- Develop self-directed learning skills essential to the maintenance of expertise in Child Neurology.
- Use internet and printed resources including primary and secondary literature, relevant texts and published databases to acquire, critically evaluate, and use current knowledge regarding diagnostic test availability and applicability, natural history, and management of pediatric epilepsy.
- Develop an adequate knowledge base in epileptology.
- Learn how the health care system functions, especially as relevant to the patient with epilepsy.
- Recognize and recommend appropriate treatment of status epilepticus
- Describe the importance of neuroimaging in the evaluation of patients with epilepsy.
- Be able to classify seizure types and epileptic syndromes.
- Explain the utility of epilepsy monitoring and the evaluation of intractable epilepsy, especially the use of surgical treatment of epilepsy.
- Describe the principles of EEG generation and recording.
- Achieve an orderly approach to the interpretation of EEG studies.
- Identify normal and abnormal EEG patterns in children and neonates, including
- Normal and abnormal background findings
- Benign variants
- Interictal epileptiform abnormalities
- Patterns of encephalopathy in critically ill patients
- Describe the developmental features of EEG from birth through childhood, including;
- Common waveforms seen in neonates.
- Evolution of normal background.
- Recognize abnormal EEG findings and correlate EEG findings with clinical epilepsy syndrome and seizure types in neonates, infancy, and childhood.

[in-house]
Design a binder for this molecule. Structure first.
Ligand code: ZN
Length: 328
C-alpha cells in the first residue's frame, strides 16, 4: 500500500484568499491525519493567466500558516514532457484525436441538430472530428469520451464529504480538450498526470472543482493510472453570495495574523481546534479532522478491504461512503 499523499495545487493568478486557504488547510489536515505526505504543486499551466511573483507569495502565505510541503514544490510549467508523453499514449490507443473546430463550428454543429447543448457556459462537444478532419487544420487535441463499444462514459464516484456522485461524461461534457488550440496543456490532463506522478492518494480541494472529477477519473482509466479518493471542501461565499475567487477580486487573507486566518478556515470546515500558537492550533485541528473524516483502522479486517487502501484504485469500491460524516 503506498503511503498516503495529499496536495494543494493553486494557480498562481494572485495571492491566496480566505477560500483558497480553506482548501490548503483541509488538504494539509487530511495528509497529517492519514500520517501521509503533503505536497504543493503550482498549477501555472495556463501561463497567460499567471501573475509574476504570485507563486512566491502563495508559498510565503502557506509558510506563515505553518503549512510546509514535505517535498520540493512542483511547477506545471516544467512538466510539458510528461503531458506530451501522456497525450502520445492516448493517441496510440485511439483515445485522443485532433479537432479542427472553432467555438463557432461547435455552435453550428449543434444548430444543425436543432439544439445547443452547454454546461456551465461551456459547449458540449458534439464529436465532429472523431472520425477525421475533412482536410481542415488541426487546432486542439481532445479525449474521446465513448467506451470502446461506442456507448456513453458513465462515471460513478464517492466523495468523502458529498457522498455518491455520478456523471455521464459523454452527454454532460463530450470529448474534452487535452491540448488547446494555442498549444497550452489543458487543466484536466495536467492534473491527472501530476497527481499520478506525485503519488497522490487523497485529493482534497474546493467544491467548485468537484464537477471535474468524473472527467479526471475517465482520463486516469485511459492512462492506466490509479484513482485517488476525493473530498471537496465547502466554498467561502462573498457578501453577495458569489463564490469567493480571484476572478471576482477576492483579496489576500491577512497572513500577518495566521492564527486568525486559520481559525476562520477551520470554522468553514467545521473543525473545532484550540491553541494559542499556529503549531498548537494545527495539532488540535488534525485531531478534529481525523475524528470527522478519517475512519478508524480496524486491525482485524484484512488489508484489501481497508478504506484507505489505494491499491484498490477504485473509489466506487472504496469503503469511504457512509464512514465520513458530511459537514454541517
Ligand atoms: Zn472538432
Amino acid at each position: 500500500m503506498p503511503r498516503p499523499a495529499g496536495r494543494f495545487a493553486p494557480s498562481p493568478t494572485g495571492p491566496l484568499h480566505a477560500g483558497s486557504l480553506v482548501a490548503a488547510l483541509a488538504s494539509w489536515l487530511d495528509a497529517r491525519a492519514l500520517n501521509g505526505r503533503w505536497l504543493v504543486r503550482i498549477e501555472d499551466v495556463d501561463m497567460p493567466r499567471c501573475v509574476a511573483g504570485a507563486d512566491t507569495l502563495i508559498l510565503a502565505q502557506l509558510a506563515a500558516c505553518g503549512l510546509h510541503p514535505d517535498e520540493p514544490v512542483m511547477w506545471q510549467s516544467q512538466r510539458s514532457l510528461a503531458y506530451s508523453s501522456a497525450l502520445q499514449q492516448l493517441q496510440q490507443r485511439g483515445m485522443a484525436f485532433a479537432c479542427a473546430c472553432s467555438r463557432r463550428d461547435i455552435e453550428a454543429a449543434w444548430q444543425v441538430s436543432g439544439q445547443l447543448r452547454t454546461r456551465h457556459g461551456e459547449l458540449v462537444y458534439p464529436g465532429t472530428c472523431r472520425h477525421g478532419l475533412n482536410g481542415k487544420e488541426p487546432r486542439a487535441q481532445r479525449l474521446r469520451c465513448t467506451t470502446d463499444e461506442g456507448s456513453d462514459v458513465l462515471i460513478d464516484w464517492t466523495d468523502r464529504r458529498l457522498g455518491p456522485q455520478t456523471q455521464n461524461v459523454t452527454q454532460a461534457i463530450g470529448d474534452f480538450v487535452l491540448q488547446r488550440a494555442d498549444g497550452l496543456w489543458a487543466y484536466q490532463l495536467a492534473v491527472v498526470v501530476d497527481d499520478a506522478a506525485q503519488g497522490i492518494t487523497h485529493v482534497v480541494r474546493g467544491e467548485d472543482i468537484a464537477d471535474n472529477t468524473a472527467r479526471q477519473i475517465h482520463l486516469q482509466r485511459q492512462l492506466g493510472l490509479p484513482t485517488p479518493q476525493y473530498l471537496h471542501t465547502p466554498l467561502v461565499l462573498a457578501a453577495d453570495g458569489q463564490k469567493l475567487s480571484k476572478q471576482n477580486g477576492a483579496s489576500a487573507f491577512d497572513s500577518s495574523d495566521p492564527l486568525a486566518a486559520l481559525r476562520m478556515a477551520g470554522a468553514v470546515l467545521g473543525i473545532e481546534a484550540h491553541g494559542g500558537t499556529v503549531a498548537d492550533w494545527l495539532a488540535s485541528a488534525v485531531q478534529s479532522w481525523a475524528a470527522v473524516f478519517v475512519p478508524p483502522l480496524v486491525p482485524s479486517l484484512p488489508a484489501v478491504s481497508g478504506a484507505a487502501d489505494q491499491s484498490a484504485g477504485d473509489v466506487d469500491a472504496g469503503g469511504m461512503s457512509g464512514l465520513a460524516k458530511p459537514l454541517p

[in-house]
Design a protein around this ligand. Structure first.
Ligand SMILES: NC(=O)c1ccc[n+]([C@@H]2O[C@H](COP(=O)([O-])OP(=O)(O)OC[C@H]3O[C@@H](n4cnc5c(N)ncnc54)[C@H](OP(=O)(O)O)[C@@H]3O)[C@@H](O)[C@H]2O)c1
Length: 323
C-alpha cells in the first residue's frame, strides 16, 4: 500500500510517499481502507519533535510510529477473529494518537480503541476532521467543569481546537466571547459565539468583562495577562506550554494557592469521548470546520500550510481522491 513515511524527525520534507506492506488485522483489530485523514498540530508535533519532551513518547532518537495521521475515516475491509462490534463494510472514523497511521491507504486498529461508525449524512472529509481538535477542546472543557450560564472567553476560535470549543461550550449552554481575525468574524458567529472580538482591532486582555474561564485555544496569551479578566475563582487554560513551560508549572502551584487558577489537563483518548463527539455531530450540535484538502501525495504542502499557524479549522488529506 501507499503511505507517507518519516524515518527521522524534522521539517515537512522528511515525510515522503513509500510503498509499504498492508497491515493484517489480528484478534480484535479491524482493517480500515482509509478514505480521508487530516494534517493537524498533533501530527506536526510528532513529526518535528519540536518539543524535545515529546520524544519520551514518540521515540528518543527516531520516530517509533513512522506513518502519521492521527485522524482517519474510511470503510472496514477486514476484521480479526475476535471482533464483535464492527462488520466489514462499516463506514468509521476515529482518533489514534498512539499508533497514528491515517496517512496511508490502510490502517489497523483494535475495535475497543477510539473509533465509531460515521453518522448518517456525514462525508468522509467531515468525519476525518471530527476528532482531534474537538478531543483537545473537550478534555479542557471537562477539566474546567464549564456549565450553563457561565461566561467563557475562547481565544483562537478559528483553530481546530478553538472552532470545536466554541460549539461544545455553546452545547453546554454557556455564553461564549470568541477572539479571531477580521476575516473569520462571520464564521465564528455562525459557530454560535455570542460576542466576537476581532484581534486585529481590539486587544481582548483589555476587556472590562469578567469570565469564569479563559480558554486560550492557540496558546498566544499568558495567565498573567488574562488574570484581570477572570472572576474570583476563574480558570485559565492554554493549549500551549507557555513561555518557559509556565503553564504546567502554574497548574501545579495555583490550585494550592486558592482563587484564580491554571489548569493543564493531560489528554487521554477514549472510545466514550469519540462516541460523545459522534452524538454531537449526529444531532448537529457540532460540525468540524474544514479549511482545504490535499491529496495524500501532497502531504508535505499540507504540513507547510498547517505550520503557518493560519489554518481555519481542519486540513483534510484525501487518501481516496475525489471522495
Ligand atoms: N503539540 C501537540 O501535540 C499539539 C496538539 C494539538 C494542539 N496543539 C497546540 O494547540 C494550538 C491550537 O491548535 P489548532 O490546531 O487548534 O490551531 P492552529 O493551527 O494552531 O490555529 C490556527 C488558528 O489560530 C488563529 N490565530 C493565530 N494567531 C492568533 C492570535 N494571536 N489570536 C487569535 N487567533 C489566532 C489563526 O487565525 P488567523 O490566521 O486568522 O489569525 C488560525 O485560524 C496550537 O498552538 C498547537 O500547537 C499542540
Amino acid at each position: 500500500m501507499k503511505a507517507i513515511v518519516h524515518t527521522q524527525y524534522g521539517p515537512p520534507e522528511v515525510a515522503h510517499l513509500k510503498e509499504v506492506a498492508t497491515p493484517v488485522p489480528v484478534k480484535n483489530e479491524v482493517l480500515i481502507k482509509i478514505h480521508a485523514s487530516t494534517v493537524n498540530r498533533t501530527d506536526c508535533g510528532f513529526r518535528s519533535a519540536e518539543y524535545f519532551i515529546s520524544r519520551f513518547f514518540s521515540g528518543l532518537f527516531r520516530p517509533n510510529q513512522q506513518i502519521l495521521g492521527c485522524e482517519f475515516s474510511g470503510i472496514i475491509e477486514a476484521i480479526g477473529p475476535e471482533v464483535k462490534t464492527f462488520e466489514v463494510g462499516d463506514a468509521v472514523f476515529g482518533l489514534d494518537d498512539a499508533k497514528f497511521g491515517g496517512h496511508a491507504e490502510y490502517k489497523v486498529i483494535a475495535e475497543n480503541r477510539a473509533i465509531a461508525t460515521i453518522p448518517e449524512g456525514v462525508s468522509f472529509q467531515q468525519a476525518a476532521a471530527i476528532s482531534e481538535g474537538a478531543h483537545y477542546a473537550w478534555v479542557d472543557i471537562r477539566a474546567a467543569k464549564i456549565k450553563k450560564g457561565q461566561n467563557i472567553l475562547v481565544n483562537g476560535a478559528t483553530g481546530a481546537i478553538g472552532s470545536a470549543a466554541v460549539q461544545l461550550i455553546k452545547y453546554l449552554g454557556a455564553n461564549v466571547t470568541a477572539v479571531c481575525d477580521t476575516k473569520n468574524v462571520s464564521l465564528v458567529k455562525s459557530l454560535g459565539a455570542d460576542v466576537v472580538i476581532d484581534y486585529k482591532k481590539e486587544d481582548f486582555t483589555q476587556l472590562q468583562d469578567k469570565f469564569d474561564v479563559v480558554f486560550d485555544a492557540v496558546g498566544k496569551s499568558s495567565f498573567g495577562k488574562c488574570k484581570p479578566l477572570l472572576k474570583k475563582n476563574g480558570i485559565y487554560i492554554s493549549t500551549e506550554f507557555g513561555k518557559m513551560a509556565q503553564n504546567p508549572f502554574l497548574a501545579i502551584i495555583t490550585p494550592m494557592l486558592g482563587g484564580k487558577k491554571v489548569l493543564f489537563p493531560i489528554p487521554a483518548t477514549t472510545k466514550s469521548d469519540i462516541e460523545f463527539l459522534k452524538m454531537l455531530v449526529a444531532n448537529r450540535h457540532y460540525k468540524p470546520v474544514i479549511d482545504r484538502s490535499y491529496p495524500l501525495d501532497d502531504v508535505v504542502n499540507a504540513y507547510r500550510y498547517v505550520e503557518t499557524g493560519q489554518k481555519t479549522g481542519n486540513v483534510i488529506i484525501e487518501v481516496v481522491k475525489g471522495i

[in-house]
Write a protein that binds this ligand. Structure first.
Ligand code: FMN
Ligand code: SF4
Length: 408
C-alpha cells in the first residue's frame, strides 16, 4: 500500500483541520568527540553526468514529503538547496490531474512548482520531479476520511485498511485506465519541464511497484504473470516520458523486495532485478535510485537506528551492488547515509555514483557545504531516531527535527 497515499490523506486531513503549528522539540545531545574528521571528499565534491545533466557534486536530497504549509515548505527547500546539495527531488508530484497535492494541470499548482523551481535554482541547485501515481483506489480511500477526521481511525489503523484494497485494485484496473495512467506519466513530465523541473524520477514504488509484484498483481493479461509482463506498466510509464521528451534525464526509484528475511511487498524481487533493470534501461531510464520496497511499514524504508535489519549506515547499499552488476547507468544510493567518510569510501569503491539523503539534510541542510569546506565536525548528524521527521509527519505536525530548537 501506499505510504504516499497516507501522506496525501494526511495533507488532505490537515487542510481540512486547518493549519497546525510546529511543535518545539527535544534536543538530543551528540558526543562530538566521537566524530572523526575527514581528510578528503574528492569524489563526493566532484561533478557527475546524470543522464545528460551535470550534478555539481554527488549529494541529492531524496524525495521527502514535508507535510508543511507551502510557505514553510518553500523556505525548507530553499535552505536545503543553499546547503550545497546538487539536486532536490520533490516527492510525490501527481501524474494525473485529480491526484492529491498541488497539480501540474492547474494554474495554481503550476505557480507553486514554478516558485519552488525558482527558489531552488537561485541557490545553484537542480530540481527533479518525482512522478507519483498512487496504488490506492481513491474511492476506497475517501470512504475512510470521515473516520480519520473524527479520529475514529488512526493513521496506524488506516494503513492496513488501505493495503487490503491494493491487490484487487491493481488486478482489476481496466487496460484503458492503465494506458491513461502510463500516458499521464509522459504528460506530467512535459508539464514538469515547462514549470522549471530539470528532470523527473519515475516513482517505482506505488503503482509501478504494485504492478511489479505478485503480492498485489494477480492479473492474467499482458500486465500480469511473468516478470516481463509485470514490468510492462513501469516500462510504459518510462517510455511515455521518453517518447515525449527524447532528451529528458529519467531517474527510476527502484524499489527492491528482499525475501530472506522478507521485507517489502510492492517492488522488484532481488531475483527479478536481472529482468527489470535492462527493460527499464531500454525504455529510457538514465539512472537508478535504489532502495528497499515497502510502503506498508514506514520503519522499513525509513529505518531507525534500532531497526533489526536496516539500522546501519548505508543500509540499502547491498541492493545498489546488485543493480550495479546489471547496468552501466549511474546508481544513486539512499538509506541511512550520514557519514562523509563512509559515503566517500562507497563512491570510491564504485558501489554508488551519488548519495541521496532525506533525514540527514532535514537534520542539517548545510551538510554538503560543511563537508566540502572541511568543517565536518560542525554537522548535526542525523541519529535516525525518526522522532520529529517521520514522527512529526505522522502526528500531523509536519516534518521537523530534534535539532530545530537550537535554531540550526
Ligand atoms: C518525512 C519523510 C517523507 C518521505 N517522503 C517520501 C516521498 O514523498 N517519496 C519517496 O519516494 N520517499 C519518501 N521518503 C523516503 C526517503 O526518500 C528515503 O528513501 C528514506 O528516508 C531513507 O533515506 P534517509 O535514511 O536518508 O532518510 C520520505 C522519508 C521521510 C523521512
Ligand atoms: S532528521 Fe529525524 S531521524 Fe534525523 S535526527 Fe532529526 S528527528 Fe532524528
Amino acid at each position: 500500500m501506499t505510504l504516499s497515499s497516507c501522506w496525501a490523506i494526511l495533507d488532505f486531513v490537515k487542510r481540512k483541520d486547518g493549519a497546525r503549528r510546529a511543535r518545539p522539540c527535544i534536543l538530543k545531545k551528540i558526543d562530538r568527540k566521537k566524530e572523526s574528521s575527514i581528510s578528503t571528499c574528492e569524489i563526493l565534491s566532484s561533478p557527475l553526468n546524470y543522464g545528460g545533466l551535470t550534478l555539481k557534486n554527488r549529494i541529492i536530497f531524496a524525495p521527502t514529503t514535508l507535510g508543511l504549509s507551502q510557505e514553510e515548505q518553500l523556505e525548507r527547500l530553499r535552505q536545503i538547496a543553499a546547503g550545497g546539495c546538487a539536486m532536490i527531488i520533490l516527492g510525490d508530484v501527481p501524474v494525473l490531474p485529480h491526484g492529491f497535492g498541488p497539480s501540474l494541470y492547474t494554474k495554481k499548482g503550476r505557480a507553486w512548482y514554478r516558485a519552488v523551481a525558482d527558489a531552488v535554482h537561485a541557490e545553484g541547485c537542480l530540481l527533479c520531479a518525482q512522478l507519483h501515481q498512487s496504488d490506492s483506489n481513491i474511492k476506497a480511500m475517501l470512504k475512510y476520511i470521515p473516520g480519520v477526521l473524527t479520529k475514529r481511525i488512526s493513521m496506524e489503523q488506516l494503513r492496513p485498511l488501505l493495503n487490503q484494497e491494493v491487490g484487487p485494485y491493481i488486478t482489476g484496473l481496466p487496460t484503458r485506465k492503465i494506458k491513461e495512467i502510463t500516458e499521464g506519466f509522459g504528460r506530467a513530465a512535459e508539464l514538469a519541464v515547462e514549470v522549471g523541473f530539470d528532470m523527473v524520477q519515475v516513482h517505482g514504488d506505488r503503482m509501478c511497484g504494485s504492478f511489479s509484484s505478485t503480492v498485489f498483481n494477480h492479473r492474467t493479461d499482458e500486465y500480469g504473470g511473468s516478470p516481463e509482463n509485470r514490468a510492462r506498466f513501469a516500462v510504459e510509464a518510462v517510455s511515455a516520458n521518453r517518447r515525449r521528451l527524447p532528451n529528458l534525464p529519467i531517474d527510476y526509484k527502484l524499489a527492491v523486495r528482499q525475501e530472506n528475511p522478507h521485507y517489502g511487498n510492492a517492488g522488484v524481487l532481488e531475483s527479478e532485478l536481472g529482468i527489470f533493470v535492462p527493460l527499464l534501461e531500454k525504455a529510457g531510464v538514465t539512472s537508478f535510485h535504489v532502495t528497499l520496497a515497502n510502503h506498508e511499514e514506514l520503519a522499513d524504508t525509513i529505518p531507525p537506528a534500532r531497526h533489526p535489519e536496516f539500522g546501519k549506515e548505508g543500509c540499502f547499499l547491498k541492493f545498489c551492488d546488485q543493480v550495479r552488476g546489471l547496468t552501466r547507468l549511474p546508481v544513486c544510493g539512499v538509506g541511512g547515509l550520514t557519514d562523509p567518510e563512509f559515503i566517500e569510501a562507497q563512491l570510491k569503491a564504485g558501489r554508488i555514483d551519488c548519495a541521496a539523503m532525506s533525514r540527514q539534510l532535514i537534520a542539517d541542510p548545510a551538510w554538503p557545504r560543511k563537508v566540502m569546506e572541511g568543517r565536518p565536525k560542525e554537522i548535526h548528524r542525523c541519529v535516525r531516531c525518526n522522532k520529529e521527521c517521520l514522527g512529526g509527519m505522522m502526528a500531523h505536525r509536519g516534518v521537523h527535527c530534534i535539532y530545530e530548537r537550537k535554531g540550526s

- Achieve skills in creating EEG reports.
- Identify seizure patterns on EEG in neonates, infants and children and in different epilepsy syndromes.
- Correlate video recordings of seizures with EEG tracing.
- Identify common and uncommon EEG artifacts.
- Understand the meaning of electrocerebral silence and the use of EEG as an ancillary test for brain death determination.
- Describe the principles of Wada testing.
Practice-Based Learning and Improvement
- Use skills acquired during primary residency training as an initial foundation for medical and ethical decision making
- Identify opportunities for improvement in the delivery of quality of patient care.
- Appraise literature to better understand pediatric epilepsy syndromes and their etiology and clinical presentation.
- Assess studies that evaluate treatment options for specific seizure types and epilepsy syndromes.
- Apply and use the International League Against Epilepsy (ILEA) website that aids in understanding epilepsy syndromes and seizure management.
Interpersonal and Communication Skills
- Become skillful listeners, and develop specific proficiency in communicating with patients with epilepsy and their families.